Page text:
The data will be not just on pricing but on how to negotiate. Trim, for example, also uses smart AI and crowdsourcing to proactively request a bill credit for when a subscriber’s Internet goes down, even if they don’t notice it or request a refund themselves.

Entrepreneurs are applying basic AI to allow people to tackle more complicated tasks quickly and easily.

Several startups can advocate for consumers by disputing parking tickets or filing small court claims across many states. These, however, are adversarial relationships that can do real damage to the relation.

Why Customer Advocacy AI is Inevitable 

Because the consumer’s AI will be talking to the merchant’s AI, then there is no need for standardized products or pricing.

In this era, we finally realize mass personalization of retail and consumer services, powered preferences illuminated through the smart use of AI. At the same time, this consumer advocate AI could supplant many of the more cumbersome, adversarial unpleasant interactions between customers and brands they use.

At the highest level, like my friendly cable company customer service rep, the AI will act internally as the advocate and voice of the customer at the individualized level.

By making customer-centricity truly programmatic and creating algorithms specifically for this task, companies will elevate customer advocacy from a second-tier program to one that informs business strategy. As a result, the business strategy will drive product development and design with constantly updated feedback based on real behaviors and interactions.

At the same time, the companies must optimize their products and support to allow customers to choose the external AI (should they so desire). Companies can empower that form of interaction via APIs and other ways of conversations between customer AI and internal support AI.

How to Survive and Thrive in the Era of AI Customer Advocacy

Envisioning a future where AI talks to AI allows our personal advocates to constantly scan the horizon to look out for our well-being. This type of AI customer advocacy will be negotiating on our behalf with superior knowledge and lead to some wholesale changes in business models and customer engagement mechanisms. 

The first part of the old world to go will be tedious, time-intensive and unpleasant tasks.

Some of the tasks we will not miss will be running through lengthy sign-up processes or haggling on prices or promotional plans. Next, we will offload cognitively intensive but narrowly focused tasks that are heavily dependent on past tastes or indicated preferences. These tasks include such things as shopping for clothes, planning a trip, or finding the best doctor or dentist in our area. This AI capability can either come as a service paid for by the customer or as one provided for the customer by the company.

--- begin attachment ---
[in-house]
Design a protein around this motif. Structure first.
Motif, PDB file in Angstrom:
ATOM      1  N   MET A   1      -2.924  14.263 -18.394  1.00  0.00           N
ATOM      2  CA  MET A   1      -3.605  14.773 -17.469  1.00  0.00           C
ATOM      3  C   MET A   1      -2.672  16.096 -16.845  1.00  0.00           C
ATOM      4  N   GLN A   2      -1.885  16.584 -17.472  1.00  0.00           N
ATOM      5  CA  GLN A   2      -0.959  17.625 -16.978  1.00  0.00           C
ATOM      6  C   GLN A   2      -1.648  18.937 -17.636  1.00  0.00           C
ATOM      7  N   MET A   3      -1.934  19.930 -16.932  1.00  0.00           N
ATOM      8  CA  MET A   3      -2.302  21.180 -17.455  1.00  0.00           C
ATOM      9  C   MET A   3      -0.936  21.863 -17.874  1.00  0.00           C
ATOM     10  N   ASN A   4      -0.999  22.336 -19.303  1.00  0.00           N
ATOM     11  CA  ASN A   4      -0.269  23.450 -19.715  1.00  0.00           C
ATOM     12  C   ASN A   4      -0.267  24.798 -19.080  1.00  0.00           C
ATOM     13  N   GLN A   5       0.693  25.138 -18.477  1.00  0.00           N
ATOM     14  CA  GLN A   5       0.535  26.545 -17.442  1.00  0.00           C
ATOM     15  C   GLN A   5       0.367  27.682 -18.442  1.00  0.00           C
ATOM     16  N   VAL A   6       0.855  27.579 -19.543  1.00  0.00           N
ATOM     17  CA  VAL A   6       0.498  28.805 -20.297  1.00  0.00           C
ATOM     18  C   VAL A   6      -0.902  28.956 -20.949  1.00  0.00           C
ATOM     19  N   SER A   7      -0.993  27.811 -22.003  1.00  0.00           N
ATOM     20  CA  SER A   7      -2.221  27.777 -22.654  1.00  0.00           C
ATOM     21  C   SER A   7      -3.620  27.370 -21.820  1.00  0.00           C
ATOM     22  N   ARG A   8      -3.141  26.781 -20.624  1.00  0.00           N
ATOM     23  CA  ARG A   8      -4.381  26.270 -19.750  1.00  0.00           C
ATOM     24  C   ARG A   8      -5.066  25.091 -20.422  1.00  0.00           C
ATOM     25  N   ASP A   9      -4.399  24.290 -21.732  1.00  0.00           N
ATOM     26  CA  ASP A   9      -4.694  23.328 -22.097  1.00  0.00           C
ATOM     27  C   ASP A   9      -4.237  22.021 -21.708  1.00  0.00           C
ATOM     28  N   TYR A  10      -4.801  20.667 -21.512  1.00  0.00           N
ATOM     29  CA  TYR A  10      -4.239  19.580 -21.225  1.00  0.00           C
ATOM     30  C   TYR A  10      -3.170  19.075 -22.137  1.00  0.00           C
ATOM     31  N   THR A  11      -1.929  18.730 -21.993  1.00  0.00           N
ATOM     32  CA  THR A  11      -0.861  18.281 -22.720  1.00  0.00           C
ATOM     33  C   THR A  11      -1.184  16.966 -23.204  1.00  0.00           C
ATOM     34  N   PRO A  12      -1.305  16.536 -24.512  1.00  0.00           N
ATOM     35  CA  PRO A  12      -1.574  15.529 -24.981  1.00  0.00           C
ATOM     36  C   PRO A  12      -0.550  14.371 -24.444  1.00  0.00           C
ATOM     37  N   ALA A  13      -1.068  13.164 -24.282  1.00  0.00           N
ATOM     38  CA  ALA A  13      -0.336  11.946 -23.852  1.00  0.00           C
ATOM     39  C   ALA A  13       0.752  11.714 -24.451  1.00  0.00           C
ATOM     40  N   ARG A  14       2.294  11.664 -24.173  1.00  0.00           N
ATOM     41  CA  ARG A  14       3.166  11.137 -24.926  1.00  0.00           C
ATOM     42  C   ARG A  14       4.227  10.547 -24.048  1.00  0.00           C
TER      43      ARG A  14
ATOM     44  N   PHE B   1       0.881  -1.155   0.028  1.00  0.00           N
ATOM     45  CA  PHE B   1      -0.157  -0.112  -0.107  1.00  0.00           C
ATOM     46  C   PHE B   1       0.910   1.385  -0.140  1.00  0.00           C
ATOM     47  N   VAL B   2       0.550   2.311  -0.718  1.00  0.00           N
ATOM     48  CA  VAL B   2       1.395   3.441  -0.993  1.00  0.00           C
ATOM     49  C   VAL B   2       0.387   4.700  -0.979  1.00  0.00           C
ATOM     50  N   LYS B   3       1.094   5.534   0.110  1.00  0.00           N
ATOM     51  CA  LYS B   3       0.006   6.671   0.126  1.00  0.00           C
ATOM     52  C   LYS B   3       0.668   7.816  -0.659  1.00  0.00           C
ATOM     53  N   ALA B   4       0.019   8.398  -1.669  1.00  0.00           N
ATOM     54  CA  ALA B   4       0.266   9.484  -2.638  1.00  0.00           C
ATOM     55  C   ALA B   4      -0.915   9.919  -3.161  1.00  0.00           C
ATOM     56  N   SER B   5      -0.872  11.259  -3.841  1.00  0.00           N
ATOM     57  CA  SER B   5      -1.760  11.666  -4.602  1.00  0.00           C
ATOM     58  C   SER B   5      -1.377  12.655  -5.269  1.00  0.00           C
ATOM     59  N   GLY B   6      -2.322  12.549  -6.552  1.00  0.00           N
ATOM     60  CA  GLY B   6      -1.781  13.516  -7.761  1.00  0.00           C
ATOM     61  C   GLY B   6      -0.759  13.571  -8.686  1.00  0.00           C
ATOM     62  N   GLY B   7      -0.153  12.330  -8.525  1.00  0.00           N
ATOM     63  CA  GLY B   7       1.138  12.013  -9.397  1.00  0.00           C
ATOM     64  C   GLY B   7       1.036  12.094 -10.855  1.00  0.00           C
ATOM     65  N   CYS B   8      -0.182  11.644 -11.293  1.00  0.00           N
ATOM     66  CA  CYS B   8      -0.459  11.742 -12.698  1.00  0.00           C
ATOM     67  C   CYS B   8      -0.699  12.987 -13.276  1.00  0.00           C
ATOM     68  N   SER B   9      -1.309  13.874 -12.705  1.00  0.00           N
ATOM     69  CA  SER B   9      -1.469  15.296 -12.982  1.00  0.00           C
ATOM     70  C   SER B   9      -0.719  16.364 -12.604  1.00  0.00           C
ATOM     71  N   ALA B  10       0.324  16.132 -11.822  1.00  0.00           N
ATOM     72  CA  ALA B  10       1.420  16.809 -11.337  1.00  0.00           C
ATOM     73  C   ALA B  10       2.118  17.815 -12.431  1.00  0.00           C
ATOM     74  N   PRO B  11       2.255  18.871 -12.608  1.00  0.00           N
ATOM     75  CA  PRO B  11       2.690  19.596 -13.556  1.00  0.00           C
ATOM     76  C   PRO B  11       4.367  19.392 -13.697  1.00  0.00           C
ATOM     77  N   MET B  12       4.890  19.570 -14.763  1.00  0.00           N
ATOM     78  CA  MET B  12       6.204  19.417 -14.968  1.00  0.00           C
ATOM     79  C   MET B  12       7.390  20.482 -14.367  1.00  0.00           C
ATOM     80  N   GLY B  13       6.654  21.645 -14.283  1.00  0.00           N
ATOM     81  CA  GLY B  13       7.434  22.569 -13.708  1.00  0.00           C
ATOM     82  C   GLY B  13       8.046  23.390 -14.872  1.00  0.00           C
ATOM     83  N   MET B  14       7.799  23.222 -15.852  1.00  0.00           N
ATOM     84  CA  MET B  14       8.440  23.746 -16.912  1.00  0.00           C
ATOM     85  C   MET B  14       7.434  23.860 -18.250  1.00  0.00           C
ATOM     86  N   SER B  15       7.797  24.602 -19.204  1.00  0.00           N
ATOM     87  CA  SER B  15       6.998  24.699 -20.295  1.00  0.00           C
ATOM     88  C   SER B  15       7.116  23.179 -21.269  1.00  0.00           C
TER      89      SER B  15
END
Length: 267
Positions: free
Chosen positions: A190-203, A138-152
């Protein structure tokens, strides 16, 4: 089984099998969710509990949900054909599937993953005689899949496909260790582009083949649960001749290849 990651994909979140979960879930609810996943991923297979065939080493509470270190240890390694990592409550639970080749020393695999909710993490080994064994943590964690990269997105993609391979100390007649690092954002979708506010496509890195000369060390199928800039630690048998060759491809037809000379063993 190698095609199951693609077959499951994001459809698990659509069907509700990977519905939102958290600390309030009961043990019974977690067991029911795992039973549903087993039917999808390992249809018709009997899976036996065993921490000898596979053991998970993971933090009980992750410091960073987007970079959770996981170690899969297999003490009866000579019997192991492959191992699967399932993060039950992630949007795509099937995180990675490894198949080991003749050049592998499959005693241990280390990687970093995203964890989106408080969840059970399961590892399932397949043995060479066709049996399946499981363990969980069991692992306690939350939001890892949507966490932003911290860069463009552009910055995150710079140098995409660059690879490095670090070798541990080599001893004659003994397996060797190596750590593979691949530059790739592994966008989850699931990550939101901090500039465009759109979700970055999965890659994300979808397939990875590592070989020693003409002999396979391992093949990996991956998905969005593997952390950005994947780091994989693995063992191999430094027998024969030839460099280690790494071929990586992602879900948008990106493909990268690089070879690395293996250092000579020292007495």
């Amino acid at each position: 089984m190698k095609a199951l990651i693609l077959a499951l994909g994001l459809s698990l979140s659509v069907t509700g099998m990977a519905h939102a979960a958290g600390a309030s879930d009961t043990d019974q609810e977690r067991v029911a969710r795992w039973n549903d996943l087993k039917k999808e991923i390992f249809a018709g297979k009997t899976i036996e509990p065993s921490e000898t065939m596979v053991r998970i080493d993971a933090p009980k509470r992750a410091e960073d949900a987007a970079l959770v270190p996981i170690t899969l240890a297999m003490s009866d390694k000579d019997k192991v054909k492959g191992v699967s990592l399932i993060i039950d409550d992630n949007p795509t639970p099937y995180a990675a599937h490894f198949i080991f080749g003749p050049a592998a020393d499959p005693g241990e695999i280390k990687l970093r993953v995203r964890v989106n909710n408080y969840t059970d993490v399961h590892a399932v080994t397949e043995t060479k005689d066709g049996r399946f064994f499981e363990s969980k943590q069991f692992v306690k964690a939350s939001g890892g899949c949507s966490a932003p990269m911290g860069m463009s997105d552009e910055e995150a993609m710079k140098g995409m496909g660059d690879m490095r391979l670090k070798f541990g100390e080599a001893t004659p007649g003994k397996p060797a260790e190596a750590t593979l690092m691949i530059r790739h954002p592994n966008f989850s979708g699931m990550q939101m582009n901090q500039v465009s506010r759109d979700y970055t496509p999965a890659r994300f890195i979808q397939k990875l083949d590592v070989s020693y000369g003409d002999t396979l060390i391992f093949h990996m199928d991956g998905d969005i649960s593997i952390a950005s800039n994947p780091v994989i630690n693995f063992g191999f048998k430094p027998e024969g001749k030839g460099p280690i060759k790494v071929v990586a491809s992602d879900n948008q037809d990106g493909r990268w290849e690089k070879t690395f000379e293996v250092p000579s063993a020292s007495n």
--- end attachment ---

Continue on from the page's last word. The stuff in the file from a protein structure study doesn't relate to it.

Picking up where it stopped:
For businesses, dealing with this fully empowered consumer AI will be challenging.

For the first time, the consumer may have significantly better information than the business selling the service or product. Adding AI to this mix, as well, gives the consumer cognitive superpowers.

An AI can easily check across millions of travel permutations on any number of parameters. The AI travel helps will include flights, hotels, ticket availability for sporting events, special restaurant dinners, camping permits to national parks.

Your personal, desired conditions found and coordinated by AI

Your AI will be able to find the right mixture of desirable conditions that fits with stated or implicit preferences while fitting into work and family schedules. This has not been possible yet because the AIs were not advanced enough and could not readily talk to each other, let alone negotiate complex transactions.

All situations can change as the cost of AI drops further and the capabilities improve — just as our smartphones consumed multiple industry categories, including cameras, recorders, radios, newspapers and GPS systems. 

Tremendous business advantages wait in AI for those who dare to dream

Just as Amazon and Netflix saw over the horizon to futures that were not yet real, businesses that can imagine a world where their inventory systems, CRM, and pricing systems can collaborate with customers’ AI will enjoy a tremendous advantage.

Monetize your future with AI

How to monetize that future remains unclear, but we can make some educated guesses based on the directions we see AI systems heading in retail, travel and media.

Delivering customer-centric goods and services that are truly personalized will command a premium. This is already true today in the bespoke world. In the future, it will be true for every consumer that has an AI on their side.  

Image Credit: kampus production; pexels; thank you!

About ReadWrite’s Editorial Process

The ReadWrite Editorial policy involves closely monitoring the tech industry for major developments, new product launches, AI breakthroughs, video game releases and other newsworthy events. Editors assign relevant stories to staff writers or freelance contributors with expertise in each particular topic area. Before publication, articles go through a rigorous round of editing for accuracy, clarity, and to ensure adherence to ReadWrite's style guidelines.

Puneet Mehta

Puneet Mehta is Founder / CEO of Netomi, a YC-backed customer experience AI platform that automatically resolves customer service issues at the highest rate in the industry. He spent much of his career as a tech entrepreneur as well as on Wall Street building trading AI. He has been recognized as a member of Advertising Age's Creativity 50 list, and Business Insider's Silicon Alley 100 and 35 Up-And-Coming Entrepreneurs You Need To Meet.